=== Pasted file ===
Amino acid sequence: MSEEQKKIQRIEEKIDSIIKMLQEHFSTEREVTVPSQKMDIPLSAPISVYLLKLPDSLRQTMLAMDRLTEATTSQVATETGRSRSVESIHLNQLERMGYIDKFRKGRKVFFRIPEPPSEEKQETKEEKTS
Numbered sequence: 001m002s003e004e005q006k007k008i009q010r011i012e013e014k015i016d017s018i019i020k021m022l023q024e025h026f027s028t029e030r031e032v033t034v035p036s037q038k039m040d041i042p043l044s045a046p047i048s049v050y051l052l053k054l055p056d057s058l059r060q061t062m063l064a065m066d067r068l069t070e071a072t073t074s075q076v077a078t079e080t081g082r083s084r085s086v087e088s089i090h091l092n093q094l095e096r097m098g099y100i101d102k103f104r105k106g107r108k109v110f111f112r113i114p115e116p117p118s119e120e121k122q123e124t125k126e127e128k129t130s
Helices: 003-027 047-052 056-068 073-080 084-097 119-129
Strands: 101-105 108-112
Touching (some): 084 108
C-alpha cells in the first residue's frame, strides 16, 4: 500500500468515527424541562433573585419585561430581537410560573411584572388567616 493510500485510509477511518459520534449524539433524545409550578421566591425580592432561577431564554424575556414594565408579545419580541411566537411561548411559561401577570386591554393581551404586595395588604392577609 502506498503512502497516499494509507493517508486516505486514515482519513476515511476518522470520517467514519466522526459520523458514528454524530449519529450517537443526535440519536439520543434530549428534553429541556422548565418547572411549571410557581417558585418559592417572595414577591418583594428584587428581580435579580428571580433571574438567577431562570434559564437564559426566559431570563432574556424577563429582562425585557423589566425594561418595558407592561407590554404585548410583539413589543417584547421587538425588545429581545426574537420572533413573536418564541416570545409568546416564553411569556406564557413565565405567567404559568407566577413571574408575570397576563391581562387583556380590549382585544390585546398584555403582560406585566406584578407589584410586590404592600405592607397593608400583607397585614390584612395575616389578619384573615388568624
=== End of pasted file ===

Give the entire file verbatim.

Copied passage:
Amino acid sequence: MSEEQKKIQRIEEKIDSIIKMLQEHFSTEREVTVPSQKMDIPLSAPISVYLLKLPDSLRQTMLAMDRLTEATTSQVATETGRSRSVESIHLNQLERMGYIDKFRKGRKVFFRIPEPPSEEKQETKEEKTS
Numbered sequence: 001m002s003e004e005q006k007k008i009q010r011i012e013e014k015i016d017s018i019i020k021m022l023q024e025h026f027s028t029e030r031e032v033t034v035p036s037q038k039m040d041i042p043l044s045a046p047i048s049v050y051l052l053k054l055p056d057s058l059r060q061t062m063l064a065m066d067r068l069t070e071a072t073t074s075q076v077a078t079e080t081g082r083s084r085s086v087e088s089i090h091l092n093q094l095e096r097m098g099y100i101d102k103f104r105k106g107r108k109v110f111f112r113i114p115e116p117p118s119e120e121k122q123e124t125k126e127e128k129t130s
Helices: 003-027 047-052 056-068 073-080 084-097 119-129
Strands: 101-105 108-112
Touching (some): 084 108
C-alpha cells in the first residue's frame, strides 16, 4: 500500500468515527424541562433573585419585561430581537410560573411584572388567616 493510500485510509477511518459520534449524539433524545409550578421566591425580592432561577431564554424575556414594565408579545419580541411566537411561548411559561401577570386591554393581551404586595395588604392577609 502506498503512502497516499494509507493517508486516505486514515482519513476515511476518522470520517467514519466522526459520523458514528454524530449519529450517537443526535440519536439520543434530549428534553429541556422548565418547572411549571410557581417558585418559592417572595414577591418583594428584587428581580435579580428571580433571574438567577431562570434559564437564559426566559431570563432574556424577563429582562425585557423589566425594561418595558407592561407590554404585548410583539413589543417584547421587538425588545429581545426574537420572533413573536418564541416570545409568546416564553411569556406564557413565565405567567404559568407566577413571574408575570397576563391581562387583556380590549382585544390585546398584555403582560406585566406584578407589584410586590404592600405592607397593608400583607397585614390584612395575616389578619384573615388568624